uniess the moral sense of the nation
awaken to the peril and arrest the evil.
Till preacher, with that, boldness and
earnestness for which he has become
(listinipiished, arrayed once more, and
with scathing commentary, the familiar
Iml frightful facts that sustain his Judg
ment. One hundred and fifty millions
sterling spent in this way by the people,
of which (To,lM)n,(HHl come from the
working classes, and the result is 000,-
000 drunkards, besides that equally
brutalizing intemperance pervading all
classes and hidden only hy social decen
bailies in Highland Kilts.
(>f course my renders know that fan
cydress balls have become a popular
institution in Kngland, and that women
of all ages have I clamoring for in
vitations to these gatherings. The con
coction of the fancy dress lias become a
welcome phase of excitement in many
hollies; Iml the last craze, in the matter
of fancy-dress costume, lias brought out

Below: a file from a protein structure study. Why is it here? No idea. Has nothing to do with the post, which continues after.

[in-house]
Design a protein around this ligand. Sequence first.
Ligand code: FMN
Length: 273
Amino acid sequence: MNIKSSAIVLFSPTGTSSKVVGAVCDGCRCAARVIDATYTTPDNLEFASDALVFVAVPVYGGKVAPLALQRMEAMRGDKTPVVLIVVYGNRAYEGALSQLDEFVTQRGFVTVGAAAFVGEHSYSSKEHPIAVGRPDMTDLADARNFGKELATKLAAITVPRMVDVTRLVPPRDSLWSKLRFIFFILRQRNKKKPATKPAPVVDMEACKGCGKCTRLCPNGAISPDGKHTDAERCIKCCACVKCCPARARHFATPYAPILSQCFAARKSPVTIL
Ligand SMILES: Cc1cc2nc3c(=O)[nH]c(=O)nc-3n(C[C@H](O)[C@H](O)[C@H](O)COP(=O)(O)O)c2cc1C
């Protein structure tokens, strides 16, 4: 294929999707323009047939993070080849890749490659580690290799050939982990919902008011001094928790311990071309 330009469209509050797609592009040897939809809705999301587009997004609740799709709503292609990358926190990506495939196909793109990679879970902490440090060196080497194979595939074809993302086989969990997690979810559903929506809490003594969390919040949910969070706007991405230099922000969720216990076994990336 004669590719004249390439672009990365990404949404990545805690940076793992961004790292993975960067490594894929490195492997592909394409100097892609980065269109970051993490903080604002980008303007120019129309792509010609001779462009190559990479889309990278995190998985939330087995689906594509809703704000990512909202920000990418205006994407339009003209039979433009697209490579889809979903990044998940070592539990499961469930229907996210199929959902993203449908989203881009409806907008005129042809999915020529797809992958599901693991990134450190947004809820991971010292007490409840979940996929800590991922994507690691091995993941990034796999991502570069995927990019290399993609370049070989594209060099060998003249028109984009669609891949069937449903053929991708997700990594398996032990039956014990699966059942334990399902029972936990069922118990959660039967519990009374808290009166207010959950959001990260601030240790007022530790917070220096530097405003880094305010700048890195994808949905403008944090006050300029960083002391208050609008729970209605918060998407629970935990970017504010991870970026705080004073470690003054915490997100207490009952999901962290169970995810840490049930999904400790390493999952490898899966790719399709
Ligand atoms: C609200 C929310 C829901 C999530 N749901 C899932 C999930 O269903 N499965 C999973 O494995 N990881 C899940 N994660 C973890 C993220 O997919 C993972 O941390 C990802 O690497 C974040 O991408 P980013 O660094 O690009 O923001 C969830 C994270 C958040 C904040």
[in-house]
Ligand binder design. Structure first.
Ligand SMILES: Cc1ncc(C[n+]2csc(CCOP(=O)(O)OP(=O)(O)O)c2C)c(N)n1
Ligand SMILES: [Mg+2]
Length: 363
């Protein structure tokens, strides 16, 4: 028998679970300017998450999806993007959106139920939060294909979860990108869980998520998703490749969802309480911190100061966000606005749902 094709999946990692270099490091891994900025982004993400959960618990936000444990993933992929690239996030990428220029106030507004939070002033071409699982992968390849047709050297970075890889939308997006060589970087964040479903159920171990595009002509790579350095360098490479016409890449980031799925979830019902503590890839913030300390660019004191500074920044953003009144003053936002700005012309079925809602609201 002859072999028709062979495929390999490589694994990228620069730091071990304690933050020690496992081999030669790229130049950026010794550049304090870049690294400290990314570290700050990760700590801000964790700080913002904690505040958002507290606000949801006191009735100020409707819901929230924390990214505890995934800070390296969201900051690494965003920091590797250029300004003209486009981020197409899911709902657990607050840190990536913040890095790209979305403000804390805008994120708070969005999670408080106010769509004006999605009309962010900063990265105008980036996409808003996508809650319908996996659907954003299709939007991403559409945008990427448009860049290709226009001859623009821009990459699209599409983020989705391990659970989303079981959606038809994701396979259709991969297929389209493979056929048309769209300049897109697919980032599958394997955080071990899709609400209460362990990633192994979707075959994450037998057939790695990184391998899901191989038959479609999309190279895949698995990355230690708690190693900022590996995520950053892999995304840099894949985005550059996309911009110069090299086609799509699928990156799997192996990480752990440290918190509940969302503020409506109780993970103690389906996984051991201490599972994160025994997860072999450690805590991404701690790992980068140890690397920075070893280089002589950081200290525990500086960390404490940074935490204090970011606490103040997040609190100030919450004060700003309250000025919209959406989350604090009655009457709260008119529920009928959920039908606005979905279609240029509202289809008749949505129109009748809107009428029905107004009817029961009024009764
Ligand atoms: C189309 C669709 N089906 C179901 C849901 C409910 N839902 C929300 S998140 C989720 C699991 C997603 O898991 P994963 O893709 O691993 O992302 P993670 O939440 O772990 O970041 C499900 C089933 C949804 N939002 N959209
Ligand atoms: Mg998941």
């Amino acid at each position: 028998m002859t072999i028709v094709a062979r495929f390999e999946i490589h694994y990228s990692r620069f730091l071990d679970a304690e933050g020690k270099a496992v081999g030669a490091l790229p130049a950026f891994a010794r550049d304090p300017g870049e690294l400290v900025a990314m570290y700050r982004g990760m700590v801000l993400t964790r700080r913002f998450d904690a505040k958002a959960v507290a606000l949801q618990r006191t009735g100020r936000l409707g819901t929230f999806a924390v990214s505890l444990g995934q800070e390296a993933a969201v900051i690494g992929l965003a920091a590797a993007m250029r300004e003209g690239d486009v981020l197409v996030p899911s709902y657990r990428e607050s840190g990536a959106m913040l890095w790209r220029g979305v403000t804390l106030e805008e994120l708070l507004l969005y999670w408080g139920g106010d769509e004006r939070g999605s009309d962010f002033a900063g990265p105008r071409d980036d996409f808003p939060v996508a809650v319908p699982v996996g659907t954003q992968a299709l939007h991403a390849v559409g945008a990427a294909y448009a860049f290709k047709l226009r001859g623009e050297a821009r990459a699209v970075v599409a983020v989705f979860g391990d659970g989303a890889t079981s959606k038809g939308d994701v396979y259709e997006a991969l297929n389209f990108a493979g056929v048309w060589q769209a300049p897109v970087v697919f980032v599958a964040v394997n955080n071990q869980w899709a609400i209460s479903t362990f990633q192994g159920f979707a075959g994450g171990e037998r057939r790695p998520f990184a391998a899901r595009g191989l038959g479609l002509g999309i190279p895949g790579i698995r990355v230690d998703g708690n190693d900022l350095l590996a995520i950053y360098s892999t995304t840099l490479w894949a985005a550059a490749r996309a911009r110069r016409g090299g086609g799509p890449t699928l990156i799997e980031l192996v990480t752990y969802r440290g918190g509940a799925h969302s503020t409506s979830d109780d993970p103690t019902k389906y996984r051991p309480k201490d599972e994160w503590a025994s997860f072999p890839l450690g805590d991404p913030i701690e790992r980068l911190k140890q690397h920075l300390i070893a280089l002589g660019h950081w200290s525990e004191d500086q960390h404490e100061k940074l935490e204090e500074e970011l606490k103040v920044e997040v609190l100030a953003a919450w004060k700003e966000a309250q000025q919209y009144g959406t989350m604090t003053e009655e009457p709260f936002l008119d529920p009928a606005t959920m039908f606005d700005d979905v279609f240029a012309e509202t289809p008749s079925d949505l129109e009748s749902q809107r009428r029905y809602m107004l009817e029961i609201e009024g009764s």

many hot words and ijnarrels in hither
to peaceable households. The most
fashionable covering- I can hardly say
dress - that a ladv can now wear, on
these occasions, is that patronized hy
the Highlanders, The Highland kill
lias been worn with great success, I am
told, by several ladies of distinction.
One of these holies appealed to a friend
whether lie thought it wrong to put on
the Highland costume, and the friend
answered that the importance was not
in what she put on, Iml in what she took
oil. 1 cannot and will not believe that
such a hold and daring form of fancy
dress would ever become popular among
good and modest girls; hut that it should
have found favor in certain sections of
even aristocratic society does not seem
surprising, after the recent revelations
of feminine frivolity in high places.